Chamber said Third Avenue, a block over from District 2 Councilman Clarence Colbert's residence, "is the main corridor over there" for the walking, saying there was somebody up there at any hour with a backpack on. Colbert agreed, saying it was "all the time." 

House said, "It is going to take the community getting together." 

As House will not be at the Nov. 29 meeting, the council discussed getting up a workshop. at Herron's suggestion, Burrough said he could advertise the work session meeting on the city Facebook page. 

Herron and Burrough said the police are doing all they can do. However, Herron, who has complained of situations near her residence, said it is frustrating when the public thinks no one is doing anything about it on the city's end. "I would really like to have something," she said. "This just can't be." 

Burrough said the Neighborhood Watch is a good first step, and talked of the need of getting citizens to a work shop to hear the plan and convince them to help with it. One man in the audience offered to cook hotdogs to attract people to a meeting. 

In other action, the council: 

• Heard House recount that an arrest had been made in the recent armed robbery at Mill Creek Shell. Police Chief Eric House said that Walker County Sheriff's Office had also been involved with the arrest made by Jasper police on Sunday night. "He (Danny Ray Turner, 48, of Jasper) is currently in the county jail on $250,000 bond" for first-degree robbery and third-degree theft, House said. Chambers said he appreciated the department's work on the case. "An armed robbery around here doesn't happen every day and it scares a lot of people," he said. House noted he quickly started sharing video surveillance photos online and to the news media. "We had 70-something tips in like an hour and a half or so, and three-quarters of those were correct," he said.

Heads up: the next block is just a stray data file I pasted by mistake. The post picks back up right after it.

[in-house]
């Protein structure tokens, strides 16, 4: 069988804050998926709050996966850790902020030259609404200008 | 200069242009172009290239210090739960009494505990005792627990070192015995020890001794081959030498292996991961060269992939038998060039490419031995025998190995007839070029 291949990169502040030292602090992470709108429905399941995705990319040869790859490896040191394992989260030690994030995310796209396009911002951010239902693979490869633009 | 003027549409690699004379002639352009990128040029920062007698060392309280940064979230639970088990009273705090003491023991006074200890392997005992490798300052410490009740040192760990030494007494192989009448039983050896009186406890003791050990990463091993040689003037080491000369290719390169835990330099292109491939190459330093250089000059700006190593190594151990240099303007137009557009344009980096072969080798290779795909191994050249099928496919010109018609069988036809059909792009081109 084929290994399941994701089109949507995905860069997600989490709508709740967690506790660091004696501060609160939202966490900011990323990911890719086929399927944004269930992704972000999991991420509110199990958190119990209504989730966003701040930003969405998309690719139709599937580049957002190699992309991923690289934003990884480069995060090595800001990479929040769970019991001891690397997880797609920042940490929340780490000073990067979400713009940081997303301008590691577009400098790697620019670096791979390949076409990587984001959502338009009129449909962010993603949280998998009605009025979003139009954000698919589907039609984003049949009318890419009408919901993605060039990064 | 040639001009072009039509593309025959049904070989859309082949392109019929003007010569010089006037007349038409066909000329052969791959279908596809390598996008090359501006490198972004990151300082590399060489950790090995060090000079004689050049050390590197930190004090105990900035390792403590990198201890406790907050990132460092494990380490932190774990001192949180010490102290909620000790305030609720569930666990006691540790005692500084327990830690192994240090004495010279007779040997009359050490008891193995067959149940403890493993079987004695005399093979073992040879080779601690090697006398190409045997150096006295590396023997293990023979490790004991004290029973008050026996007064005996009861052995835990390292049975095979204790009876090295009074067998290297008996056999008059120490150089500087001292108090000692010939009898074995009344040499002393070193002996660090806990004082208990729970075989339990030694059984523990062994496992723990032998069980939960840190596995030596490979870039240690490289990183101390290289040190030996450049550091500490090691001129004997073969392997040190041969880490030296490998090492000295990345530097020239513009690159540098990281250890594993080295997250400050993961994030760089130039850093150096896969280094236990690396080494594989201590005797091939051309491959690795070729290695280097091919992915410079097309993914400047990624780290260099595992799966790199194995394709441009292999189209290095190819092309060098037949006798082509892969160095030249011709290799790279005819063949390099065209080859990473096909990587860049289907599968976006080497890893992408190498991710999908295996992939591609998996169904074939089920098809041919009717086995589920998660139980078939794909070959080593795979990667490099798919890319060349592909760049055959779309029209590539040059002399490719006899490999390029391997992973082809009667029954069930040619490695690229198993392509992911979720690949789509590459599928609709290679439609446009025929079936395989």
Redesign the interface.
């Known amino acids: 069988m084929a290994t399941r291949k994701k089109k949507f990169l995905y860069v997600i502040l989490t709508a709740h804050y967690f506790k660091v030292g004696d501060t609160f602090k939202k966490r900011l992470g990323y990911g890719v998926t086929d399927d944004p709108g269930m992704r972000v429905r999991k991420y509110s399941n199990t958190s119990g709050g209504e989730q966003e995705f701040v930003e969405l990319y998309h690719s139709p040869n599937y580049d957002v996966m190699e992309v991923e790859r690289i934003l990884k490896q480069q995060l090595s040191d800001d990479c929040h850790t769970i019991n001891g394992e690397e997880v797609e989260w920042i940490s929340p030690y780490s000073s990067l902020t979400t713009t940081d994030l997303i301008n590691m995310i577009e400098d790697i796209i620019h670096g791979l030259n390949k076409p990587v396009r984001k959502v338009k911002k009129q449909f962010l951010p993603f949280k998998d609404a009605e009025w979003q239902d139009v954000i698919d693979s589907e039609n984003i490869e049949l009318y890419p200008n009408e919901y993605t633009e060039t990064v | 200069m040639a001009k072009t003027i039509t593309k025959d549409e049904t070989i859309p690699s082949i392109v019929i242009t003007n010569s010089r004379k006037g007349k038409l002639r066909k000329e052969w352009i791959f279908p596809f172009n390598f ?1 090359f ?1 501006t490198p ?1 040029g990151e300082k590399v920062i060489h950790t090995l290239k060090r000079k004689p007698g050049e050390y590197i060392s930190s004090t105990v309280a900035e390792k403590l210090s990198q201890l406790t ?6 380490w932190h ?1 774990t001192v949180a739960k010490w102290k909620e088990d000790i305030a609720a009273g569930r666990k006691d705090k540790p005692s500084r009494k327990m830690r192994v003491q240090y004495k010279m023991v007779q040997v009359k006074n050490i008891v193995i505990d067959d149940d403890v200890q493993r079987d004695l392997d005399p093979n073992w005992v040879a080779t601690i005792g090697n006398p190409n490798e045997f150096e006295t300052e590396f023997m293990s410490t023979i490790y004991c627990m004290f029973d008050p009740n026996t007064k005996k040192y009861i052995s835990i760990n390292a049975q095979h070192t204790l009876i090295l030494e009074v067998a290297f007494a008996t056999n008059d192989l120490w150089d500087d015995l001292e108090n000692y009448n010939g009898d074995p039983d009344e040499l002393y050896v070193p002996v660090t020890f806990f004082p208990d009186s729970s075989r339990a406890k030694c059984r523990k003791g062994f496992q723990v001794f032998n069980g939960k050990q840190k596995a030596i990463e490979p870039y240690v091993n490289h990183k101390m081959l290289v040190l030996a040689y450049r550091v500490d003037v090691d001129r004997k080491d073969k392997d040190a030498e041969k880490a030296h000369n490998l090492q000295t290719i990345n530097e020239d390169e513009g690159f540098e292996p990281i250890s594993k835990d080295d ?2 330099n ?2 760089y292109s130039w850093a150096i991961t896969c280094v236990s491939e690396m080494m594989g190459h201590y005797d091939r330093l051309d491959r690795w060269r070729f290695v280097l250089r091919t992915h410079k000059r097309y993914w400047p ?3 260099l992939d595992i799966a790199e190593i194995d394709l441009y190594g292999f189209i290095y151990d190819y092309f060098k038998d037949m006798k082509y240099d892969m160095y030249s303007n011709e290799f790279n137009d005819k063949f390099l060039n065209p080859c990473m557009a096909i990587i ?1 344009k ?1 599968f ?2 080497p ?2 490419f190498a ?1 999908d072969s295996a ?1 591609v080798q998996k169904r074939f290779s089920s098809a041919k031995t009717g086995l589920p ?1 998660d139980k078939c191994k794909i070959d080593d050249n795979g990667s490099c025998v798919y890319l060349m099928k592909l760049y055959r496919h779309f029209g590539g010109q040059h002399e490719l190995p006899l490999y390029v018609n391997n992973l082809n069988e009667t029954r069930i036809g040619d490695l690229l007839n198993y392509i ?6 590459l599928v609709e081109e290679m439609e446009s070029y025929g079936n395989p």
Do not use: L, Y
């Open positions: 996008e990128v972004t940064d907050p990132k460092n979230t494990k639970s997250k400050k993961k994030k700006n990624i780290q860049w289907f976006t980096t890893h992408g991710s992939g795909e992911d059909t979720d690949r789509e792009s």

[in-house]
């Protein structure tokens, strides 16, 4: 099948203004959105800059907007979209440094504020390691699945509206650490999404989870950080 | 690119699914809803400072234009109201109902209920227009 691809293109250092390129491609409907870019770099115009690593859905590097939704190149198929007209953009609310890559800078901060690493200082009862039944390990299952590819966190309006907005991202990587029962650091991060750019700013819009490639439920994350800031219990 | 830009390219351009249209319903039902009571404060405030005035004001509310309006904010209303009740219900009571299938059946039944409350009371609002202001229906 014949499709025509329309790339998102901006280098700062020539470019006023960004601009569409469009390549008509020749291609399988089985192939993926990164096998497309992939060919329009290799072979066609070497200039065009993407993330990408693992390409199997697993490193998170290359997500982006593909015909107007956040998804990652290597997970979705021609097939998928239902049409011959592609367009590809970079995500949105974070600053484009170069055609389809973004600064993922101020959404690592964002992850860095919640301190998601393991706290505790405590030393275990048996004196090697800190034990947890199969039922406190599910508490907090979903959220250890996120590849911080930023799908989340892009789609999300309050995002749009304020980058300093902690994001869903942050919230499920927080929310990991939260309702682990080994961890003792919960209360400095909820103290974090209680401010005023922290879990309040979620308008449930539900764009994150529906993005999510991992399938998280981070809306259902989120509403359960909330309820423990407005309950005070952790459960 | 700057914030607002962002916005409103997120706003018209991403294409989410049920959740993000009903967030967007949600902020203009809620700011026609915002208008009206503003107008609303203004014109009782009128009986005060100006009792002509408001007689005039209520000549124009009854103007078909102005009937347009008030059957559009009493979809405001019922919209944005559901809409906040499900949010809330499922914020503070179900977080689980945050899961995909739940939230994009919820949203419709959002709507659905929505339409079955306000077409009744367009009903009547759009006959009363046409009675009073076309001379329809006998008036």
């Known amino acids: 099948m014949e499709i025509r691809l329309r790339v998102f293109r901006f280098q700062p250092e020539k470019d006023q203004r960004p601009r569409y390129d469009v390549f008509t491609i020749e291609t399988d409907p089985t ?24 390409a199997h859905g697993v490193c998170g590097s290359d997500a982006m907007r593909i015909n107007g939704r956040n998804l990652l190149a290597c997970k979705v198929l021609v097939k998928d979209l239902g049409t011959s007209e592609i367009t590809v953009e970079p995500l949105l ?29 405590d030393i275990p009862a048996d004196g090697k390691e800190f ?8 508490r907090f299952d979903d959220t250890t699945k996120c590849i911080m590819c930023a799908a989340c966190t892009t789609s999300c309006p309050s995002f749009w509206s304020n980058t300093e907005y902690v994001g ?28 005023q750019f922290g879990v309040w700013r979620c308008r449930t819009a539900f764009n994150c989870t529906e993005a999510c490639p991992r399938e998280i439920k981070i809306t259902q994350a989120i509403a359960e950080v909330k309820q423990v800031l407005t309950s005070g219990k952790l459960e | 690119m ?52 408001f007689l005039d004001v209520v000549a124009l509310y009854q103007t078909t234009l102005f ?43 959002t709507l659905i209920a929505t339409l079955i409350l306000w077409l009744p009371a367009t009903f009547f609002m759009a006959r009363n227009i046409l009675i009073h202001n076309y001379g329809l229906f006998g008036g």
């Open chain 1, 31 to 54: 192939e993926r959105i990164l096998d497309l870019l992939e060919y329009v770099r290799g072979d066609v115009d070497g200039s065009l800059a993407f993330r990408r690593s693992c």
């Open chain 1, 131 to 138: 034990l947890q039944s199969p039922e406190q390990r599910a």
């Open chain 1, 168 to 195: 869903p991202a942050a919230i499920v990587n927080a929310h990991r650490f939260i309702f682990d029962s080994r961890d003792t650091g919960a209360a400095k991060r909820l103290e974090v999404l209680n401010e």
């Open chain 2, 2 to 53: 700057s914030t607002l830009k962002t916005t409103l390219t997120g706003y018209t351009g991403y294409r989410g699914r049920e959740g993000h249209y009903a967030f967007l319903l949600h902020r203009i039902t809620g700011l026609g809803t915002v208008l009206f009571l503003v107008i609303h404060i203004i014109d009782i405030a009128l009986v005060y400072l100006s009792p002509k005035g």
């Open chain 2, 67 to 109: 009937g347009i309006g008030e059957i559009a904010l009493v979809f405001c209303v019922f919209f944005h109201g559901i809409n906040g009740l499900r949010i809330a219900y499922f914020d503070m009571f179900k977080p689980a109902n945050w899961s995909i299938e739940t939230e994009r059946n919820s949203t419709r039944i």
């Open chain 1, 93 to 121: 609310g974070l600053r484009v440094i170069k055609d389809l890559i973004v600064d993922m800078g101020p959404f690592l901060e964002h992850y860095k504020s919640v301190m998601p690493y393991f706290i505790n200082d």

• Agreed to accept applications through Nov. 28 for Terry Mason's seat on the Utility Board. The council is scheduled to vote on a nomination at the council's Nov. 29 meeting. 

• Heard the Carbon Hill Christmas Parade will take place on Saturday, Dec. 8, although a time has not been set. Chambers said the line-up usually starts taking place 45 minutes before dark at the old county barn beside Mr. Pizza's. One can just show up with a float and officials will help line up the entry. Floats, vehicles, horses, go-carts, four-wheelers and other items can be entered. "Last year there were probably 10 bass boats in it. They decorated their bass boats," Chambers said. 

House said the state will not grant any more parade permissions for Highway 78. "It will be on us 100 percent. But if you want to do it, I can get enough manpower to make it safe, House said. Herron said, "I always learned from Daddy that it is easier to ask for forgiveness than permission." Chambers replied, "You're not going to get forgiveness." However, House said, "It's going to be OK. You tell me you want to do it, I'll make it happen."